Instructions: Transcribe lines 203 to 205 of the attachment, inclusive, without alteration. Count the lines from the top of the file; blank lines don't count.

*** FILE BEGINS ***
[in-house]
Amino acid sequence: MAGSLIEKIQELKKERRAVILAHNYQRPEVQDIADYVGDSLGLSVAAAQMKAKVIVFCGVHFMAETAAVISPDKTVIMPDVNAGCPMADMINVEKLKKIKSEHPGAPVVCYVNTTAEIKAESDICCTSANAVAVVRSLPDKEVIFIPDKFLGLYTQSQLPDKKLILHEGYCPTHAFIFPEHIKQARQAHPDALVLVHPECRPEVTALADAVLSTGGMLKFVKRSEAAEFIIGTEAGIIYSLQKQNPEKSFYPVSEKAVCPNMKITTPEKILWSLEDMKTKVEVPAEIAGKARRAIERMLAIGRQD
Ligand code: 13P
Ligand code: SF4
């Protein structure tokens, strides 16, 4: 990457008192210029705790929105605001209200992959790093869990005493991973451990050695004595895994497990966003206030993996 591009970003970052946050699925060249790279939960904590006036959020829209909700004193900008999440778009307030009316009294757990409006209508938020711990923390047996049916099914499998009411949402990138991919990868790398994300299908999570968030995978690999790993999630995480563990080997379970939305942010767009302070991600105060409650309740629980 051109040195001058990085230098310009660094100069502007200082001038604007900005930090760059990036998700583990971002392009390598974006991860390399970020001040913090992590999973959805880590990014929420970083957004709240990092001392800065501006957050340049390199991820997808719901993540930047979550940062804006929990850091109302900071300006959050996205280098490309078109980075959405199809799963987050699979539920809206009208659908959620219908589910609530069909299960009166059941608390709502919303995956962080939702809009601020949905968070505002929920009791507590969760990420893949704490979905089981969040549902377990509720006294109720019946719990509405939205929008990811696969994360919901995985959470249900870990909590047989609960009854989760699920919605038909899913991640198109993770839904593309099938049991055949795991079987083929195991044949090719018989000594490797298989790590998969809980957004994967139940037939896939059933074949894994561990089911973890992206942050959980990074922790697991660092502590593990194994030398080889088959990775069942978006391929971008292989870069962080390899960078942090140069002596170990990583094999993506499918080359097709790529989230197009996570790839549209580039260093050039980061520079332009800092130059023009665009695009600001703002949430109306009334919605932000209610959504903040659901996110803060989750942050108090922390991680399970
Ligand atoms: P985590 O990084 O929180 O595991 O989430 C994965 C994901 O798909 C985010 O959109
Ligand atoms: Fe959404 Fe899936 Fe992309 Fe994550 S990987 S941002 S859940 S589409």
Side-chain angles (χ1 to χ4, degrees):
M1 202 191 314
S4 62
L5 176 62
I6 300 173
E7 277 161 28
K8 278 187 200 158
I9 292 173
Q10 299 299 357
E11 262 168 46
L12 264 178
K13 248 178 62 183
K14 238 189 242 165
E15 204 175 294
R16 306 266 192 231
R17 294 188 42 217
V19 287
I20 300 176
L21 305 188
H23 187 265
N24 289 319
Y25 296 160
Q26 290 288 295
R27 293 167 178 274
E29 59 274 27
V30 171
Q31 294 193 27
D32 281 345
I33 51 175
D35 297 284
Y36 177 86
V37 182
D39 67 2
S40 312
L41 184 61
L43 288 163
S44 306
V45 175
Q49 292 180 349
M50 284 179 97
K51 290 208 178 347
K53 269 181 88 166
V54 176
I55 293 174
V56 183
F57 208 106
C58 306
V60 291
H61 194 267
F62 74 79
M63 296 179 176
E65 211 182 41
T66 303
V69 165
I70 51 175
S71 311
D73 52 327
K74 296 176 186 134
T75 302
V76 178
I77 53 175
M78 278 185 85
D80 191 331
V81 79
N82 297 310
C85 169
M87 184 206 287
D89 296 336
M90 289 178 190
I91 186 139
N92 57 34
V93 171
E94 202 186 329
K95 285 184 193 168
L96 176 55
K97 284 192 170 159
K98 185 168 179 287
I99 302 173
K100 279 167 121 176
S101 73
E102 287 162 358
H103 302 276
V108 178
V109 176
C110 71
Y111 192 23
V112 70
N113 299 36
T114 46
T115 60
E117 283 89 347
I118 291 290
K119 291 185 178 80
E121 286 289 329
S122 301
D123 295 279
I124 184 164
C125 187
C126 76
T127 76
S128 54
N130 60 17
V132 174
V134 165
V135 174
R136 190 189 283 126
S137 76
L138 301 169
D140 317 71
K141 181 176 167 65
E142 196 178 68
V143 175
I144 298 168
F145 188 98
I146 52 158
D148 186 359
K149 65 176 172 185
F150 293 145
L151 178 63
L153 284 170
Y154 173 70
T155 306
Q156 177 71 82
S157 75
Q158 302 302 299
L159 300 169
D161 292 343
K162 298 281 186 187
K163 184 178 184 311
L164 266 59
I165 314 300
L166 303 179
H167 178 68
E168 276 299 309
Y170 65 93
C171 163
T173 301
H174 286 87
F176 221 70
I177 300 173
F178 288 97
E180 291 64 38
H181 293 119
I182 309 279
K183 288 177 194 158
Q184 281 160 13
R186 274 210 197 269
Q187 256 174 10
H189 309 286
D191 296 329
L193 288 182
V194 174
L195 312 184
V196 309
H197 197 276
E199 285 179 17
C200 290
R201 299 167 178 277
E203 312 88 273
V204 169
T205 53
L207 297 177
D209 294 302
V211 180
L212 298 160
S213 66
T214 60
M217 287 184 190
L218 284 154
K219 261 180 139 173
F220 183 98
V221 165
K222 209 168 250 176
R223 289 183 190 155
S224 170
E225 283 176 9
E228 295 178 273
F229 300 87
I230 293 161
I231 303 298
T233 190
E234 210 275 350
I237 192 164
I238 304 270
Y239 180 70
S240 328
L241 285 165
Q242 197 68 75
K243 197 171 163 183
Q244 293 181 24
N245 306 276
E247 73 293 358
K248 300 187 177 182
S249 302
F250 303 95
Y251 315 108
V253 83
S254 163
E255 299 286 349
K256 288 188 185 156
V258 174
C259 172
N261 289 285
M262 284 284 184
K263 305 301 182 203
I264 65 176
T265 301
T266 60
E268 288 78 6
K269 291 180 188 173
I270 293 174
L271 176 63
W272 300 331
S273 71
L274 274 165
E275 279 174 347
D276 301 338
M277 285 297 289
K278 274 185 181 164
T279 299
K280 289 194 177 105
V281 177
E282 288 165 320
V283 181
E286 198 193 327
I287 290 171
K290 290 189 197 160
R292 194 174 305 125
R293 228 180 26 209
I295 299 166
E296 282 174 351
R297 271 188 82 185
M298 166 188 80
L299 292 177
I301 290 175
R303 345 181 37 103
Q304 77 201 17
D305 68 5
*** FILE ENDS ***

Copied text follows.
Y251 315 108
V253 83
S254 163